by Alex Nakahara
For many, balloons are an anachronism. In days where jets carry us across the country in hours and rockets carry people into orbit, balloons appear useless. I can sit at my desk and look at the Philadelphia Zoo Balloon, a mere amusement park ride for visitors, going slowly up and down all day, never going anywhere. At least their lighter-than-air fellows, the blimps, get to float above sporting events every weekend. Balloons are stuck as tourist attractions or the playthings of devoted hobbyists. However, balloons are enjoying a minor renaissance in an unexpected area: space.
Several groups of students and others have realized that, while it takes millions upon millions of dollars to build a rocket capable of reaching space, relatively cheap weather balloons filled with helium can fly as high as 20 miles above the Earth, allowing a look at space for anyone willing to make the effort. These MIT students built such a system for only $148! I myself just submitted my senior design project proposal to develop a lab for an engineering course where students would build their own space balloon and try to predict its flight path, the deformation of the balloon, and several other aspects, and then compare their predictions to the actual flight.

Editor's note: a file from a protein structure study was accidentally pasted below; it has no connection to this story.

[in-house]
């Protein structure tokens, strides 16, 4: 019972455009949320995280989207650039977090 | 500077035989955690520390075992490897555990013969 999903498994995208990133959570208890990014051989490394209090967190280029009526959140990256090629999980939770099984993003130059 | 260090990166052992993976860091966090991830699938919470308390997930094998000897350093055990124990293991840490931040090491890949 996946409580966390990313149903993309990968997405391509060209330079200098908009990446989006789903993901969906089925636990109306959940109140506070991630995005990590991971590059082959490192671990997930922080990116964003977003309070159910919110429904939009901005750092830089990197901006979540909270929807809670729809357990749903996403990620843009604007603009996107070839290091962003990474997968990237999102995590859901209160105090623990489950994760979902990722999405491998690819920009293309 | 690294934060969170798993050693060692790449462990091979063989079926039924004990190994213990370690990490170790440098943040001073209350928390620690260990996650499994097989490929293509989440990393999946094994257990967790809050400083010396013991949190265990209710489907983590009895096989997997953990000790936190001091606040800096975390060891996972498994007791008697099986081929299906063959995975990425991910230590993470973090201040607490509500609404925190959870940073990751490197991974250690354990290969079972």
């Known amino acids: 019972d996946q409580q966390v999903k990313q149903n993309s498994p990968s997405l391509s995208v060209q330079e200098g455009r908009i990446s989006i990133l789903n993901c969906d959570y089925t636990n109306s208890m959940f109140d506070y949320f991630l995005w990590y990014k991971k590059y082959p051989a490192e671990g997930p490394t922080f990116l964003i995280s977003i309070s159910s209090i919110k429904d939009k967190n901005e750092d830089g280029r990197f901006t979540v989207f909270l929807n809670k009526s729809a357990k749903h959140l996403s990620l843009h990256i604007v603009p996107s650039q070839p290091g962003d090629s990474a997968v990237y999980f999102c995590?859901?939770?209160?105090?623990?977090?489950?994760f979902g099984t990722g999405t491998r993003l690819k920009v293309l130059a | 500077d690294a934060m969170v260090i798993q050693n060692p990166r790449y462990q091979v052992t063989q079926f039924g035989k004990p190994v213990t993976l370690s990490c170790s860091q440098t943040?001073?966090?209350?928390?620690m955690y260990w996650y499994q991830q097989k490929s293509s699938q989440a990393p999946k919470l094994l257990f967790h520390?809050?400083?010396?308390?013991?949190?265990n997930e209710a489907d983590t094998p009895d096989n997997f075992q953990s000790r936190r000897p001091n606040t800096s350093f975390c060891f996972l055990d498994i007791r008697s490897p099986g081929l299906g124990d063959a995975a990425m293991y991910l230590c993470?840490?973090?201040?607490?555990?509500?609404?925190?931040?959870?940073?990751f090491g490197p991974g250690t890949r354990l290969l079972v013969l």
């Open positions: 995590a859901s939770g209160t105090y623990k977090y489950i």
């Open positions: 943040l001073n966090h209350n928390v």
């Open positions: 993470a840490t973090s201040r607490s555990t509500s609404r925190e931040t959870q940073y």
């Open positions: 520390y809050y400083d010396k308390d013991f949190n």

Such space balloons are not just the province of low-budget students. The BLAST project (Balloon-borne Large-Aperture Sub-millimeter Telescope, whose head, Mark Devlin, is a professor here at Penn), attached a large telescope to an even larger balloon in order to get better pictures of space. The lower atmosphere of the Earth blocks and distorts incoming light and energy waves due to pollution, weather, and just the amount of air. By floating the telescope into the upper atmosphere, the researchers in effect created their own version of the Hubble telescope, at a fraction of the cost.
Obviously balloons will never be as widely used as aircraft, rockets, or even blimps. However, they show the potential for old technologies to be turned towards new uses. They are perfectly suited for this small niche, showing that the best options aren’t always the newest or most expensive.